October is Domestic Violence Awareness Month

In 2009, I wrote about domestic violence prompted by Lisa Bonney’s tragic death in Pacific County. Similarly, in 2011, my colleague wrote about domestic violence protection orders prompted by Rebbecca Dietz’s tragic death in Grays Harbor County. By all accounts these women were well liked by friends and beloved by their families. Even if they were not all of these wonderful things, no one deserves what happened to these women, and what is happening every day to others.

Statistically, domestic violence has touched someone you know. In 2011, 47,444 domestic violence offenses were reported in Washington, including 612 in Grays Harbor and 152 in Pacific. Many cases are unreported.

Do not turn a blind eye. I prefer not to wait for another tragedy to be prompted to action.

In addition to assault, rape and murder in the name of “love,” the profound mental torture through control, mind games and manipulation leave equally damaging and permanent scars. (Domestic violence includes a broader legal definition, which may include those who share a residence, but are not romantically involved, past or present).

From the Washington State Domestic Violence Fatality Report, in 2011:

• 61 people died; 42 by their domestic abusers.

• 13 abusers committed murder-suicide.

• 83% of victims killed by partners were women; 17% men.

• Three domestic violence fatality cases involved same-sex partners.

• The youngest victim, killed by her boyfriend, was 13 years old.

• The oldest victim, killed by his wife, was 83 years old.

• 17 children witnessed a domestic violence murder.

• In at least 55% of homicides by abusers, the victim had left the abuser or was trying to leave.


Statistics are especially troubling with regard to specific populations. For instance, children are often victims and witnesses to domestic violence, e.g., between 1997 and 2011, 38 victims killed by husbands and boyfriends were un-der 21 years of age. Another example, intimate partner homicides involving Native American women are 2.8 percent higher than for white non-Hispanics.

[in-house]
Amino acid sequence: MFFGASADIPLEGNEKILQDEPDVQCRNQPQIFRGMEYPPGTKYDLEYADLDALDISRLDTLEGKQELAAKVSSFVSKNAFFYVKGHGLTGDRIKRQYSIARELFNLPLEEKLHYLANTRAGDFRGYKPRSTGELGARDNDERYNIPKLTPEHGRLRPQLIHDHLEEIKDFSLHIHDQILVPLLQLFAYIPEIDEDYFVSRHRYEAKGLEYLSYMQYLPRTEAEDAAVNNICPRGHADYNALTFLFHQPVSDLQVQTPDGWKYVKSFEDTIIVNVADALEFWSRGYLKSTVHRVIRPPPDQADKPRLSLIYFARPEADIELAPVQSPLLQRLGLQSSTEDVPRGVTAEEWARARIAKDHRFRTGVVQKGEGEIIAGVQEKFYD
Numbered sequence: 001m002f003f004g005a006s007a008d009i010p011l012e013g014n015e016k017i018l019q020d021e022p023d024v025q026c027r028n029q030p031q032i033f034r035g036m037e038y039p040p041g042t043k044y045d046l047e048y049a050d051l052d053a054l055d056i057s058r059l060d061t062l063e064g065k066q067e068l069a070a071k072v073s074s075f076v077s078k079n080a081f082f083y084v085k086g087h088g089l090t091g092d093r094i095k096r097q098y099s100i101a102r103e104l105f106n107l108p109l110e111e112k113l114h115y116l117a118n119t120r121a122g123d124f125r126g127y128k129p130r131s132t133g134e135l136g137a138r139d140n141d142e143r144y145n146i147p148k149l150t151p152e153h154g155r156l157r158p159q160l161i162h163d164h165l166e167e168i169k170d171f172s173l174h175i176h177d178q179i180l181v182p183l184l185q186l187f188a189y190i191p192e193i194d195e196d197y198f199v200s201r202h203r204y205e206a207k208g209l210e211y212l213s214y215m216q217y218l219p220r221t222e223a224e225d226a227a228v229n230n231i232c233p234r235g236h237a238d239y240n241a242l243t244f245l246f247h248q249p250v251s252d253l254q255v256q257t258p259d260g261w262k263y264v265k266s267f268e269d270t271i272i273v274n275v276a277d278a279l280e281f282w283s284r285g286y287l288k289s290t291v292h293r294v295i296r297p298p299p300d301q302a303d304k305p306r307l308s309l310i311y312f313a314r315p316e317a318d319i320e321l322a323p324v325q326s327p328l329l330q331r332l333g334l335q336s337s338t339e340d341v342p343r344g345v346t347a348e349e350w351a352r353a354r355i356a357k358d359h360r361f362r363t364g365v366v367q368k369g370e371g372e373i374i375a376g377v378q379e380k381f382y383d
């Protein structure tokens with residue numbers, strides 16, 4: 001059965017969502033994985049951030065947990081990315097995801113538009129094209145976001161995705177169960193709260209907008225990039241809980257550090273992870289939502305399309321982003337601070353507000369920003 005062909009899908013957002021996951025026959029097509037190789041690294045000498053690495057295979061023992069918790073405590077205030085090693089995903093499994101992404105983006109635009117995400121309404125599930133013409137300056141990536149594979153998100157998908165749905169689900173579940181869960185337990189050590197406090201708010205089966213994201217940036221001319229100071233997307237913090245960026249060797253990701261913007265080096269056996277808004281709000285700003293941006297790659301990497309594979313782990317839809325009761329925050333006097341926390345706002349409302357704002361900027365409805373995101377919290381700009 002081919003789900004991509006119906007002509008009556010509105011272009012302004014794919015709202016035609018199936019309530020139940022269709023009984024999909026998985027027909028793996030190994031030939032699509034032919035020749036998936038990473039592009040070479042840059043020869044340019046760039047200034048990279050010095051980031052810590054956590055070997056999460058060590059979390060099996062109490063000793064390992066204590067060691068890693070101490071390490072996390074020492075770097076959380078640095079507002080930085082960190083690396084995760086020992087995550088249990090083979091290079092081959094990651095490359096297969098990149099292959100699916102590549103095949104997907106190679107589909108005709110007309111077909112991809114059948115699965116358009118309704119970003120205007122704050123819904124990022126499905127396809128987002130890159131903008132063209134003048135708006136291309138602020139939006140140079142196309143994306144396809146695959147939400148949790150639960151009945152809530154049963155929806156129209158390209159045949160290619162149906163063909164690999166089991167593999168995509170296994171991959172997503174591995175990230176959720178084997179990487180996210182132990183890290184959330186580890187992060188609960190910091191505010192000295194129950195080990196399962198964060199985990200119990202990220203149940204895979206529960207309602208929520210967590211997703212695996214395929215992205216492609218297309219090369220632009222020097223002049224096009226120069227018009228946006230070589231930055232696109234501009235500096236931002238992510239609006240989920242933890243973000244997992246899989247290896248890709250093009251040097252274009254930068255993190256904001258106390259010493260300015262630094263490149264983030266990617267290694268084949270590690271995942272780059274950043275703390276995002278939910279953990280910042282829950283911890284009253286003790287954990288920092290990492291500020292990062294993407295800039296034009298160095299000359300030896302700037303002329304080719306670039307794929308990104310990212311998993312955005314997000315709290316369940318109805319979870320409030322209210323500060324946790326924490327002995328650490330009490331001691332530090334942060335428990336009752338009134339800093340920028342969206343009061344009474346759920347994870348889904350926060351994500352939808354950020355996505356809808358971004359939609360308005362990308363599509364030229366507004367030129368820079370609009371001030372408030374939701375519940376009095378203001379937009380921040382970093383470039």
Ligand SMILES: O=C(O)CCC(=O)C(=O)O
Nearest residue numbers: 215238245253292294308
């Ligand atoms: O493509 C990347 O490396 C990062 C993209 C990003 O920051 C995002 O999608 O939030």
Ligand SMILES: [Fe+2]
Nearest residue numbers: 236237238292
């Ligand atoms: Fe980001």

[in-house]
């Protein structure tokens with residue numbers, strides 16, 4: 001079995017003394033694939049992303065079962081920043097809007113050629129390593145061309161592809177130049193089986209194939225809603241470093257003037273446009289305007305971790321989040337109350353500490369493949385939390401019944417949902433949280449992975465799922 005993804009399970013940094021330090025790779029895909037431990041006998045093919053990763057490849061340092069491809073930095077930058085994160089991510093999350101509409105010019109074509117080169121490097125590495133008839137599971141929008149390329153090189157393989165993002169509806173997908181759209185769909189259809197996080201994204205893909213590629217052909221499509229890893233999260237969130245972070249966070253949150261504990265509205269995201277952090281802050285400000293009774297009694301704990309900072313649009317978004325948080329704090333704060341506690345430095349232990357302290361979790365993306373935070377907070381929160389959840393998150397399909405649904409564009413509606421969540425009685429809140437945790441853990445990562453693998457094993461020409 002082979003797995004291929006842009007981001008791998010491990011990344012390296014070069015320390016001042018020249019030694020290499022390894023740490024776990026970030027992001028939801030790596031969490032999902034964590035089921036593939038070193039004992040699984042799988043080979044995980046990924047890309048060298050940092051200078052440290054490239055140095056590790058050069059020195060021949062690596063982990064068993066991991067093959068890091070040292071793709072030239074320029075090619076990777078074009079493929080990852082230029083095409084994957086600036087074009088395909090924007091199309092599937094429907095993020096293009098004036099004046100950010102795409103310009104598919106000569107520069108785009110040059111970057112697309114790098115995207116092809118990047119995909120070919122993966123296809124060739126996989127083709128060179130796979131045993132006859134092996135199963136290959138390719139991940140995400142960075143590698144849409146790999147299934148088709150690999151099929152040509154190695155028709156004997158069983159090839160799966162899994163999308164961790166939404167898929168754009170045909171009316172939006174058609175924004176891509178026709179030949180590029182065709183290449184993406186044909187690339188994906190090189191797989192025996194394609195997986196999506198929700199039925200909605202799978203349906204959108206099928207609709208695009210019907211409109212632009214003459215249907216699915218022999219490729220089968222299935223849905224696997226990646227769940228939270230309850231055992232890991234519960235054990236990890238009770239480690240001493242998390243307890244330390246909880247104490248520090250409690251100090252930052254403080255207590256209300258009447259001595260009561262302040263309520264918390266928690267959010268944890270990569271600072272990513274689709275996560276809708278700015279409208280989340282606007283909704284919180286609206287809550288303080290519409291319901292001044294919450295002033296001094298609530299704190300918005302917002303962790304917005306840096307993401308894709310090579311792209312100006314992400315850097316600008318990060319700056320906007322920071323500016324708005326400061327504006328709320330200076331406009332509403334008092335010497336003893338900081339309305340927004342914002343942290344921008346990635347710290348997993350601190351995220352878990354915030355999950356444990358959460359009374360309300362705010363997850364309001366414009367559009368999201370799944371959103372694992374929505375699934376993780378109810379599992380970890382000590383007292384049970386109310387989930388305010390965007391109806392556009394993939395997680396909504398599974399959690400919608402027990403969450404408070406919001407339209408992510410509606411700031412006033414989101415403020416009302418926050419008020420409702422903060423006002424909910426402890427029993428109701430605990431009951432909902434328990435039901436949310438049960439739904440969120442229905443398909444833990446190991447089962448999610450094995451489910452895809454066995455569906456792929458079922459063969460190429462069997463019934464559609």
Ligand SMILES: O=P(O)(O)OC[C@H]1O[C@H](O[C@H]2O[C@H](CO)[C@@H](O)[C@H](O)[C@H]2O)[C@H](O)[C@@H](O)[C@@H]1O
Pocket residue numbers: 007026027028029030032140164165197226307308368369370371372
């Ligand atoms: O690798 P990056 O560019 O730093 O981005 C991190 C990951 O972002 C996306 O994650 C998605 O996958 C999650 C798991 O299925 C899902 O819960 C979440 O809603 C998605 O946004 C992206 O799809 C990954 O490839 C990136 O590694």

Domestic violence is a serious problem in our society. It comes in many forms—from rape and sexual abuse to physical abuse and insidious mental and emotional abuse to exposure of this violence to the children in the home and related child abuse and molestation. Domestic violence dynamics create an environment of fear and control often by limiting a victim’s activities through intimidation and restricting access to social and financial resources. While females are far more often the victims, both males and females can be victims or perpetrators. Victims are at greater risk of becoming future perpetrators or repeat victims (we have a strong tendency to attract what we know, even if it is something dangerous), all of which will continue the cycle of violence for generations.

If you know or suspect someone to be a victim of domestic violence, or if you are a victim, there are excellent resources available. Local support, in particular, can help victims (who can become survivors) form a safety plan to get themselves (and their children) out of harm’s way, including domestic violence protection orders, as well as access to family resources, counseling, etc.


• Domestic Violence Center of Grays Harbor County / (800) 818-2194

• Crisis Support Network in Pacific County / (800) 435-7276 / www.crisis-support.org

• Children’s Advocacy Center / (800) 959-1467

• Washington State Domestic Violence Hotline / (800) 562-6025

• Washington State Coalition Against Domestic Violence / www.wscadv.org

To find out if you are eligible for Northwest Justice Project services:

For cases including youth (Individualized Education Program and school discipline issues), debt collection cases and tenant evictions, please call for a local intake appointment Tuesdays and Thursdays from 9:00 a.m. to 1:00 p.m. at (360) 533-2282 or toll free (866) 402-5293. No walk-ins, please.

For all other legal issues, please call our toll-free intake and referral hotline commonly known as “CLEAR” (Coordinated Legal Education Advice and Referral) at 1-888-201-1014, Mondays through Fridays 9:10 a.m. to 12:25 p.m. If you are a senior, 60 and over, please call 1-888-387-7111; you may be eligible regardless of income. Language interpreters are available. You can also complete an application for services at http://nwjustice.org/get-legal-help.